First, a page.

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A little case of murder

In recent weeks a man serving in the military was arrested by the police accused of the murder of 5 women and 2 children.  At this stage this is an open investigation and the police has left the possibility that there may be more victims added to the list.

So, what do we know so far? A man using dating apps approached women using the alias “Orestes[1]” allegedly for a relationship or something serious.  The alleged date was when they were murdered never to be seen or heard of.  In two of the cases the women had children which he also murdered, in order as he testified to the police, to cover his tracks. It took the local community by storm and caused the usual true crimes sensation which in no doubt will continue as more of the story’s dimensions unfold. 

The investigation will be followed by the media in order to explain the kind of mind that led a seemingly “normal functioning” individual to do such a thing.  Murder is a crime committed with “malice aforethought”.  For the purposes of an open investigation that is the correct procedure; we explore a murderer’s motives, whereabouts, social and personal habits until we find enough evidence that allow the investigative team to connect the dots and make a compelling case that will be sent to court.   

Professionally however when we are asked to comment on cases such as this one, our perspective is quite different.  In my case, I begin asking the question of harm caused and how this happened.  Seven people went missing.  How? All women involved so far worked as domestic help and all were migrants.  At this point I shall refrain from offering more information or analysis on the women as that unfortunate psychologist who went on the media talking about the submissive nature of the Philippine women that made me sick!  One of the victims so far is from Romania so what’s what happens when experts say whatever comes to mind!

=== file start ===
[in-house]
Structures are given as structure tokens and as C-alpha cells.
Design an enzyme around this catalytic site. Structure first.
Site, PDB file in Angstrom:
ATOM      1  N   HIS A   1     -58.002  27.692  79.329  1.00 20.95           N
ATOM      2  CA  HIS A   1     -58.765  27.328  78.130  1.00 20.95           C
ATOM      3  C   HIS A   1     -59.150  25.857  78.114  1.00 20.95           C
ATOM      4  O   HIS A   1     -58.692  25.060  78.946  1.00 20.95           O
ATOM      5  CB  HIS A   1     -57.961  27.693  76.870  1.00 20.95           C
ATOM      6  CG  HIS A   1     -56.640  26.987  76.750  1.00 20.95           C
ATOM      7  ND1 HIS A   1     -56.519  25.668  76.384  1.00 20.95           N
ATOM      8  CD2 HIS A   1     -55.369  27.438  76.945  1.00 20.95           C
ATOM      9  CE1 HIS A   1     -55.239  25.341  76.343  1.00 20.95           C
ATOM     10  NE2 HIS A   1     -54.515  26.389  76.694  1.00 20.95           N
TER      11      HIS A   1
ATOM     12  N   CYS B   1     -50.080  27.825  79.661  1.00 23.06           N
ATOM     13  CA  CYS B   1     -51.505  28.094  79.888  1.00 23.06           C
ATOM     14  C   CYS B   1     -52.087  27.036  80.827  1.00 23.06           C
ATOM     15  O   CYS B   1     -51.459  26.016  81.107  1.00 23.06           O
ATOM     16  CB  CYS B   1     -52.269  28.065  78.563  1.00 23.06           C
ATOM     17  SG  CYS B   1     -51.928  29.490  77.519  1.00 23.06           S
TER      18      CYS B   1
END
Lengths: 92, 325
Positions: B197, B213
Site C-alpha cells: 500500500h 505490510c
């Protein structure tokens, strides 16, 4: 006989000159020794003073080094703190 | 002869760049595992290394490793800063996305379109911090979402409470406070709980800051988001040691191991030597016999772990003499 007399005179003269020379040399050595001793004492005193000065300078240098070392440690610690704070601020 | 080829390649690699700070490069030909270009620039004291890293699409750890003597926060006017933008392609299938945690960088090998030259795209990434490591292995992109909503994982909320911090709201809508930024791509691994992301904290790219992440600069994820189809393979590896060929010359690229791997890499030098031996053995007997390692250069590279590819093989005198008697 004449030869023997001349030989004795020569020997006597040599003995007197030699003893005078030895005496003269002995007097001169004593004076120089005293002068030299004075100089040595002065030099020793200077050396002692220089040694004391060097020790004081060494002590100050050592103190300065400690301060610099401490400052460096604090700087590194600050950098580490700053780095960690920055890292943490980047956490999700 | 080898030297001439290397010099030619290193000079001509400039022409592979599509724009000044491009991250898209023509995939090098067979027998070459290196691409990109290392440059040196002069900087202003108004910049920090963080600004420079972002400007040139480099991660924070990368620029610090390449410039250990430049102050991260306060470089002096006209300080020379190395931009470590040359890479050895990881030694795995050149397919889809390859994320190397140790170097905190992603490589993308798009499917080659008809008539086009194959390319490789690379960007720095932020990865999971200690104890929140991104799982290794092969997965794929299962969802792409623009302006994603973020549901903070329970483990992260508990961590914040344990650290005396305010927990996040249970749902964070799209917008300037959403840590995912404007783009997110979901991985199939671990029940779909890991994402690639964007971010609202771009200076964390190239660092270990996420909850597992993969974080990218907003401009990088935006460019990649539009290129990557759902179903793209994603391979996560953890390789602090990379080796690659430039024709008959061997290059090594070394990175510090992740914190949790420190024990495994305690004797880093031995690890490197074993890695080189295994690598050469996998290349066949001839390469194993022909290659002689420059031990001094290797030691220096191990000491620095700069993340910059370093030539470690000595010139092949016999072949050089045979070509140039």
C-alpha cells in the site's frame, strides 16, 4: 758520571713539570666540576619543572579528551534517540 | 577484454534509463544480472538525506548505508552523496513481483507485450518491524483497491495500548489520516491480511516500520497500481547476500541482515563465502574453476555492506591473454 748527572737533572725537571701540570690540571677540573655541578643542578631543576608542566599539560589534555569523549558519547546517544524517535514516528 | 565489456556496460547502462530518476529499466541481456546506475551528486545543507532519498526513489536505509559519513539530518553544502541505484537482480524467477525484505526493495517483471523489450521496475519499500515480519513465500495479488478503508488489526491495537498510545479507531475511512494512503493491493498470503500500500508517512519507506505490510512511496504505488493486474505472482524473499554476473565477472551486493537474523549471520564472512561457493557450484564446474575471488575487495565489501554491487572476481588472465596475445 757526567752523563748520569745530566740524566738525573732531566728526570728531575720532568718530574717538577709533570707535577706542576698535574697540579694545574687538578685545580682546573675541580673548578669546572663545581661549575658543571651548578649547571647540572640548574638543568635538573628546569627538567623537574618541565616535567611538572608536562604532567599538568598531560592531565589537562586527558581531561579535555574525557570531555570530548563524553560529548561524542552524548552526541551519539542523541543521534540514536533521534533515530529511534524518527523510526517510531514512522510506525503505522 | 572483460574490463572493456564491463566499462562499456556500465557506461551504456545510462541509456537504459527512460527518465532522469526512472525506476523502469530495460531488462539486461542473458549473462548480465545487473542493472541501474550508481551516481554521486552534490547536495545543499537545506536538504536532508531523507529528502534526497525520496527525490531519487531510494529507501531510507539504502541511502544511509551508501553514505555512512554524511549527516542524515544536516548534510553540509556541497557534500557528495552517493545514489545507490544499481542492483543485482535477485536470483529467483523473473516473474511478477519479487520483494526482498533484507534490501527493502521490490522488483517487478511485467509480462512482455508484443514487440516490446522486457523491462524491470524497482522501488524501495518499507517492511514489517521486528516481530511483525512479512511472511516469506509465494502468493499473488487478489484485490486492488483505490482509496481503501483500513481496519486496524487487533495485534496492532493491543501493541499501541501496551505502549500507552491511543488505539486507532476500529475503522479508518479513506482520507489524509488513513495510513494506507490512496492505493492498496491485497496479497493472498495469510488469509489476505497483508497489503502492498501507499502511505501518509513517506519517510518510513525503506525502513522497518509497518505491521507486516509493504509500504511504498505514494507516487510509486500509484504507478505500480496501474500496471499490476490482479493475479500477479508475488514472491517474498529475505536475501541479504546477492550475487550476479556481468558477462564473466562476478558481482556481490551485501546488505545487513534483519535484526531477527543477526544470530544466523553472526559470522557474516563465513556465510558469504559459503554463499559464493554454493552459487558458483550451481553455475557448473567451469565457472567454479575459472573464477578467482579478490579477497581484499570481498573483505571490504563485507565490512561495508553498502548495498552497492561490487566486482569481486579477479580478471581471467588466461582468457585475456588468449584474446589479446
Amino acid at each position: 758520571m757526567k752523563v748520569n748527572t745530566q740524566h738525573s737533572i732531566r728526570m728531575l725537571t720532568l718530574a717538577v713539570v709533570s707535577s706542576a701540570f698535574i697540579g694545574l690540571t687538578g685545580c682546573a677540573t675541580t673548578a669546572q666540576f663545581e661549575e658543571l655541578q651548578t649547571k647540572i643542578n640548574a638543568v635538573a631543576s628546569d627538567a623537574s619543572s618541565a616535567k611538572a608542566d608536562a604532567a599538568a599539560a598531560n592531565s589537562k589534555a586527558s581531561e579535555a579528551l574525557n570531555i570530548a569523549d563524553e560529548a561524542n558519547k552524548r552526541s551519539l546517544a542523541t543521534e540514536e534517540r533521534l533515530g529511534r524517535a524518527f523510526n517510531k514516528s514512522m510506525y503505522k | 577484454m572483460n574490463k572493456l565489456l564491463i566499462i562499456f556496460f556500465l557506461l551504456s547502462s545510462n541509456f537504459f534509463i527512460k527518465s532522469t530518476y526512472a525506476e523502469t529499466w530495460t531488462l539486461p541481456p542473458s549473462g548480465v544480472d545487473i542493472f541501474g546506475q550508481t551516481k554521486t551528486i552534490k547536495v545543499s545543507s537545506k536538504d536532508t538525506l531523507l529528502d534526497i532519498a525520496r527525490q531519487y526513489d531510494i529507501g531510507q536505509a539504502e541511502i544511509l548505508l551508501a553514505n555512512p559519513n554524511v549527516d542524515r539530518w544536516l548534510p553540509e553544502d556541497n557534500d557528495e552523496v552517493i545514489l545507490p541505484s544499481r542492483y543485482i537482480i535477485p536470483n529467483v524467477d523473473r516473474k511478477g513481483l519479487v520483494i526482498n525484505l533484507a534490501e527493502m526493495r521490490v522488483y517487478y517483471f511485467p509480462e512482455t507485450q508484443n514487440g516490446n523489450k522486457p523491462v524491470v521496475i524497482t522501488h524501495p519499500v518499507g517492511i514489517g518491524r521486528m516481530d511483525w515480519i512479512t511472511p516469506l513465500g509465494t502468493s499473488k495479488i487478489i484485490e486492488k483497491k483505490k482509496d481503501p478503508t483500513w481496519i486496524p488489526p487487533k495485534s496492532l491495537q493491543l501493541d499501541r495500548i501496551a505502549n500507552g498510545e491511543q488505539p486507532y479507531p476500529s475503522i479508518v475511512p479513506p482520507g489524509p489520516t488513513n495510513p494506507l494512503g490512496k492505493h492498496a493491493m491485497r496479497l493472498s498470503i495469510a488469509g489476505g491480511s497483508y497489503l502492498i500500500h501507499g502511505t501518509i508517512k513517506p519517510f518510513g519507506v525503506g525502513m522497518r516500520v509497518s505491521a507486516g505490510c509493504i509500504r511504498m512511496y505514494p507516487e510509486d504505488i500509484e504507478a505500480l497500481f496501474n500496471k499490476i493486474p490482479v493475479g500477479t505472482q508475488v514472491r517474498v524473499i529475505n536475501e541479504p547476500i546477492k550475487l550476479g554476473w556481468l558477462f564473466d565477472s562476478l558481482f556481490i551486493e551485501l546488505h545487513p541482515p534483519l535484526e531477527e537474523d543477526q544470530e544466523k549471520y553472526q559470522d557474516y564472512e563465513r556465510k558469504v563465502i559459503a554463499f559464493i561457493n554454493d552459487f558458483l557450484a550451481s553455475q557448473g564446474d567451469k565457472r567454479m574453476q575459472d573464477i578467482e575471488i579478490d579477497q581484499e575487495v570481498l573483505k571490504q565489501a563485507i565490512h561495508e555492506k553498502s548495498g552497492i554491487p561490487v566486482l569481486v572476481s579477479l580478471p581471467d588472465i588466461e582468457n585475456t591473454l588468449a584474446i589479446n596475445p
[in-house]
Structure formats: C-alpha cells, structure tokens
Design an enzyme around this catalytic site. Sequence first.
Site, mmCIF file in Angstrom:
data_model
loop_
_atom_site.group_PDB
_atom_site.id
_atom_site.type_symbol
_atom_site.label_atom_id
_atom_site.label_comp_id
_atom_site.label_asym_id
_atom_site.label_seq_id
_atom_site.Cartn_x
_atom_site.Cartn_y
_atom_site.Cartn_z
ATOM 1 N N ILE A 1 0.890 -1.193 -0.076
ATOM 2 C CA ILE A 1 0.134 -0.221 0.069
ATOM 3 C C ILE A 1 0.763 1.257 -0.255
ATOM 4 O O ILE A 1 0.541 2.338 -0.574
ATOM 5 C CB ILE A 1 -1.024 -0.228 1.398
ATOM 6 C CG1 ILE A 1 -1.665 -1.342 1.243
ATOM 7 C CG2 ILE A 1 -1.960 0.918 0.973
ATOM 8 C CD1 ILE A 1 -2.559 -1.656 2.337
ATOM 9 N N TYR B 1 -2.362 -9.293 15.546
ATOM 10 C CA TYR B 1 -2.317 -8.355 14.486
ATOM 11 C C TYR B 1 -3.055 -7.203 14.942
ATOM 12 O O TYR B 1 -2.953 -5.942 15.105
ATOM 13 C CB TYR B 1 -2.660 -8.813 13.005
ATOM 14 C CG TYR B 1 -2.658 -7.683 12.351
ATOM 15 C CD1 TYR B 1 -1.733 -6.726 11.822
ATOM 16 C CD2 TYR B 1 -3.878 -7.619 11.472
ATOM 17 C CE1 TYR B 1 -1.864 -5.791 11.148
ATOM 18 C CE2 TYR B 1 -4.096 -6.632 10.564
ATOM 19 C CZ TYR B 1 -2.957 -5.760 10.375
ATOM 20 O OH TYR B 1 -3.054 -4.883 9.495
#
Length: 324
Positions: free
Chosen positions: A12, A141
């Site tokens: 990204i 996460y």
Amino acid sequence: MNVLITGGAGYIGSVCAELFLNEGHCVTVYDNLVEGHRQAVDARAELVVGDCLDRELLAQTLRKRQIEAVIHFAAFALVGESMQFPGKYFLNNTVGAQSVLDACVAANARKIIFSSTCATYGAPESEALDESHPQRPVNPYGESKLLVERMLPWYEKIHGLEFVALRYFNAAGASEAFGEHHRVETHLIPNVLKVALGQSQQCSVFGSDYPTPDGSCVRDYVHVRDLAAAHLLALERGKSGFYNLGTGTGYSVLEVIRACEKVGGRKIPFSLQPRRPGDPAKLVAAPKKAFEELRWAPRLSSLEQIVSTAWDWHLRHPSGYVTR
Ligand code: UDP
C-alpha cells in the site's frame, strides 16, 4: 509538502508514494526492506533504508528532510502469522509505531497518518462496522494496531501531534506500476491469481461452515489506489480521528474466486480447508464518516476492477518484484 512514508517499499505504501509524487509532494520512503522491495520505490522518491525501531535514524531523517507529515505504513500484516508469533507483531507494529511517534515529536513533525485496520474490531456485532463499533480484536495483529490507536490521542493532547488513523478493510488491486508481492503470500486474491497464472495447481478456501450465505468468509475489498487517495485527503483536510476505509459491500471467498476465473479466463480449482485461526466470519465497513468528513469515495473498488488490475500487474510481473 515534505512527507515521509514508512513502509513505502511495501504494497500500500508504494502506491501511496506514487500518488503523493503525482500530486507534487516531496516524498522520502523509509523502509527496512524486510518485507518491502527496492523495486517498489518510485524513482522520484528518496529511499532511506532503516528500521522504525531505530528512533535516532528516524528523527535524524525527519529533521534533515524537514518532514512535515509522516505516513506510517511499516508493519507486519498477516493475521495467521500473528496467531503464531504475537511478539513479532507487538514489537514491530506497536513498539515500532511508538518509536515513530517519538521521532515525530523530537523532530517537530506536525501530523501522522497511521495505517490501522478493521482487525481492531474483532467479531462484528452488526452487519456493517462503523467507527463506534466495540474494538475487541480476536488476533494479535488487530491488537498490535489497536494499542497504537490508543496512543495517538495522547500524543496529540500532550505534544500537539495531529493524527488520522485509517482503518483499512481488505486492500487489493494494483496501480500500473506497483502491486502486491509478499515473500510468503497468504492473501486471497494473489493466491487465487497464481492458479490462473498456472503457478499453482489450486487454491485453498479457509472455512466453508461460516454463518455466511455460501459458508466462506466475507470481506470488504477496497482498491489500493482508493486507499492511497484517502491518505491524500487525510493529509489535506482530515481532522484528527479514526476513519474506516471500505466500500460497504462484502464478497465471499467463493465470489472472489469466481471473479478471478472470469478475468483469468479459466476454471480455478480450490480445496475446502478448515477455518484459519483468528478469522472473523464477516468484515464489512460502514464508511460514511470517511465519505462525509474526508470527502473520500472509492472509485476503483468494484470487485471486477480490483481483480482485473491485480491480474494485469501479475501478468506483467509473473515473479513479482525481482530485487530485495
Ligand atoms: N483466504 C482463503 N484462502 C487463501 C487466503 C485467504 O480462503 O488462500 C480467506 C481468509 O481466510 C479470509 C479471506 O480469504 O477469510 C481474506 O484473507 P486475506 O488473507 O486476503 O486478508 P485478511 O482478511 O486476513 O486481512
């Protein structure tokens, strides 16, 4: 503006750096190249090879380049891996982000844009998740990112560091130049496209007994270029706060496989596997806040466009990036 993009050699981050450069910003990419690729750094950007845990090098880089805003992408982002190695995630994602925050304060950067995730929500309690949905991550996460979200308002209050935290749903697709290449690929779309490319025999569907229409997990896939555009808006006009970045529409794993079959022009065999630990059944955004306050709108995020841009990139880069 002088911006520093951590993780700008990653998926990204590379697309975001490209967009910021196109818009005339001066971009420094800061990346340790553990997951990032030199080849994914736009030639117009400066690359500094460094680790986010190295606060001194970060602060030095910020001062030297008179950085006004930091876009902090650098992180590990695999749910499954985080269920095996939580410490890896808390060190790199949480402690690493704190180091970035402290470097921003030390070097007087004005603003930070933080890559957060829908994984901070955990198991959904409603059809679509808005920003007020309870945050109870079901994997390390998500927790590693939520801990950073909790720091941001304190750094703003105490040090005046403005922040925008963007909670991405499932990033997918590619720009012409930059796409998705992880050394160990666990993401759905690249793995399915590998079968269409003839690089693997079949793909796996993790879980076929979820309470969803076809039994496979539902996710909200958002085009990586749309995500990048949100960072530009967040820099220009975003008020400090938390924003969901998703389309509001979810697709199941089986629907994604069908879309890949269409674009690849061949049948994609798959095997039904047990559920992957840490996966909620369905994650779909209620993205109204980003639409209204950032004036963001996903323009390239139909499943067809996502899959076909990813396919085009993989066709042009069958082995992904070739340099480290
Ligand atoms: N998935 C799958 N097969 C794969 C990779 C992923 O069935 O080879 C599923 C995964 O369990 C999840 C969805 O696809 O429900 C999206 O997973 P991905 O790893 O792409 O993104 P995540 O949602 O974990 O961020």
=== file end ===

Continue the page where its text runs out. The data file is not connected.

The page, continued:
In years to come other experts will interview the murderer and ask him all sorts and test him on everything possible to ascertain what made him do it.  I shall stand on what we know.  He was a soldier, ranked officer, trained in interrogation techniques.  He was also an accomplished photographer who approached several women with the intent to photograph them for their portfolio, those who wanted a modelling career.  A person of contradictions that will fill the true crime libraries with more gruesome tales.  Of course, for one more time we shall wonder if it is necessary to train people to kill without considering the implication of such training may have in their welfare and interpersonal relations. 

What about the wider picture?  To put the whole case in some perspective.  The volume of victims (still ongoing) some of the victims have been missing for over a year, indicates an impunity that only comes from a society that fails to register those people missing.  In this case migrant women, working in low paid jobs, that the justice system failed because their disappearance did not raise any alarms.  A collective failing to ask the most basic question; where this person gone?  In previous similar cases, we have been confronted with the same issue.  The biggest accomplisher to murder is social apathy.  The murder is a crude reminder that there are groups of people in any society we care very little of.  Whether those are hire help, homeless or streetworkers.  The murderer usually produces a story that tries to justify why he chose his victims, but the painful reality is that his focus is on people or groups of people that have become invisible.  In an interesting research Dr Lasana Harris, identified that we perceptually censor our perception of homeless to stop us empathising.  In social sciences we have been aware of the social construction of dehumanising effects but now we can see that these processes can affect our own physiology.  The murderer may be caught, and the details of his deeds may scandalize some as we have since Jack the Ripper, but his accomplishes are still out there and it is all of us who become incredibly tribal in an ever-expanding global society. 

After all that talk of murder, I feel like having a cup of my favourite tea and a marron glace to take the bitterness away.